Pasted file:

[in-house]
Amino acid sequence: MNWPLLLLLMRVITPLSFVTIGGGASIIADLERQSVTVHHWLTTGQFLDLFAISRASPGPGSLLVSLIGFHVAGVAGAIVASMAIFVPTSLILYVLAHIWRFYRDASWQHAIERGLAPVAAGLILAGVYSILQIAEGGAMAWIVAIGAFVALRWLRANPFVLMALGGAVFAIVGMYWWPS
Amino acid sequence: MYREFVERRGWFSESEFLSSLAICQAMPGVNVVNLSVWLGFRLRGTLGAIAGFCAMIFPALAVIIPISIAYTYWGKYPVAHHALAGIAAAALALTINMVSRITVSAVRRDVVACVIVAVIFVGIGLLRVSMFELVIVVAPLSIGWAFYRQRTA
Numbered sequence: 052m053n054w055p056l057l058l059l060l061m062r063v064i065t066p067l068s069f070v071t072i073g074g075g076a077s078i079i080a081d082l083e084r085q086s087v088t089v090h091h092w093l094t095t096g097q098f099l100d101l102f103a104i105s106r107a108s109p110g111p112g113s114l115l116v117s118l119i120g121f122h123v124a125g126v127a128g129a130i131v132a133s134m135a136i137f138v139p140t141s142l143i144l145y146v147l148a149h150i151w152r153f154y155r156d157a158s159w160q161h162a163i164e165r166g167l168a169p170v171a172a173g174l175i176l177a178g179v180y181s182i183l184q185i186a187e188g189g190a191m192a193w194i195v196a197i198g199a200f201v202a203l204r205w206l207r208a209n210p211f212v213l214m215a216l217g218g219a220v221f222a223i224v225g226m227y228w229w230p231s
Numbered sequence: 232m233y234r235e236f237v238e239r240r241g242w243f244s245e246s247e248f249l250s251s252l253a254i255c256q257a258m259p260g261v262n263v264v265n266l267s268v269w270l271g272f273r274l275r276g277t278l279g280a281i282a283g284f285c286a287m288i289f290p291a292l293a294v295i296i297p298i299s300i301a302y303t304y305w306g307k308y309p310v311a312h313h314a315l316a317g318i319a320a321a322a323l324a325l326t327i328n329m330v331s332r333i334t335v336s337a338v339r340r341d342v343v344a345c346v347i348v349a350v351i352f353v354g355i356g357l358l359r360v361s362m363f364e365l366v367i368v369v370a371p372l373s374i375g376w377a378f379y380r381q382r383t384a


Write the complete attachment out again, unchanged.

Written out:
[in-house]
Amino acid sequence: MNWPLLLLLMRVITPLSFVTIGGGASIIADLERQSVTVHHWLTTGQFLDLFAISRASPGPGSLLVSLIGFHVAGVAGAIVASMAIFVPTSLILYVLAHIWRFYRDASWQHAIERGLAPVAAGLILAGVYSILQIAEGGAMAWIVAIGAFVALRWLRANPFVLMALGGAVFAIVGMYWWPS
Amino acid sequence: MYREFVERRGWFSESEFLSSLAICQAMPGVNVVNLSVWLGFRLRGTLGAIAGFCAMIFPALAVIIPISIAYTYWGKYPVAHHALAGIAAAALALTINMVSRITVSAVRRDVVACVIVAVIFVGIGLLRVSMFELVIVVAPLSIGWAFYRQRTA
Numbered sequence: 052m053n054w055p056l057l058l059l060l061m062r063v064i065t066p067l068s069f070v071t072i073g074g075g076a077s078i079i080a081d082l083e084r085q086s087v088t089v090h091h092w093l094t095t096g097q098f099l100d101l102f103a104i105s106r107a108s109p110g111p112g113s114l115l116v117s118l119i120g121f122h123v124a125g126v127a128g129a130i131v132a133s134m135a136i137f138v139p140t141s142l143i144l145y146v147l148a149h150i151w152r153f154y155r156d157a158s159w160q161h162a163i164e165r166g167l168a169p170v171a172a173g174l175i176l177a178g179v180y181s182i183l184q185i186a187e188g189g190a191m192a193w194i195v196a197i198g199a200f201v202a203l204r205w206l207r208a209n210p211f212v213l214m215a216l217g218g219a220v221f222a223i224v225g226m227y228w229w230p231s
Numbered sequence: 232m233y234r235e236f237v238e239r240r241g242w243f244s245e246s247e248f249l250s251s252l253a254i255c256q257a258m259p260g261v262n263v264v265n266l267s268v269w270l271g272f273r274l275r276g277t278l279g280a281i282a283g284f285c286a287m288i289f290p291a292l293a294v295i296i297p298i299s300i301a302y303t304y305w306g307k308y309p310v311a312h313h314a315l316a317g318i319a320a321a322a323l324a325l326t327i328n329m330v331s332r333i334t335v336s337a338v339r340r341d342v343v344a345c346v347i348v349a350v351i352f353v354g355i356g357l358l359r360v361s362m363f364e365l366v367i368v369v370a371p372l373s374i375g376w377a378f379y380r381q382r383t384a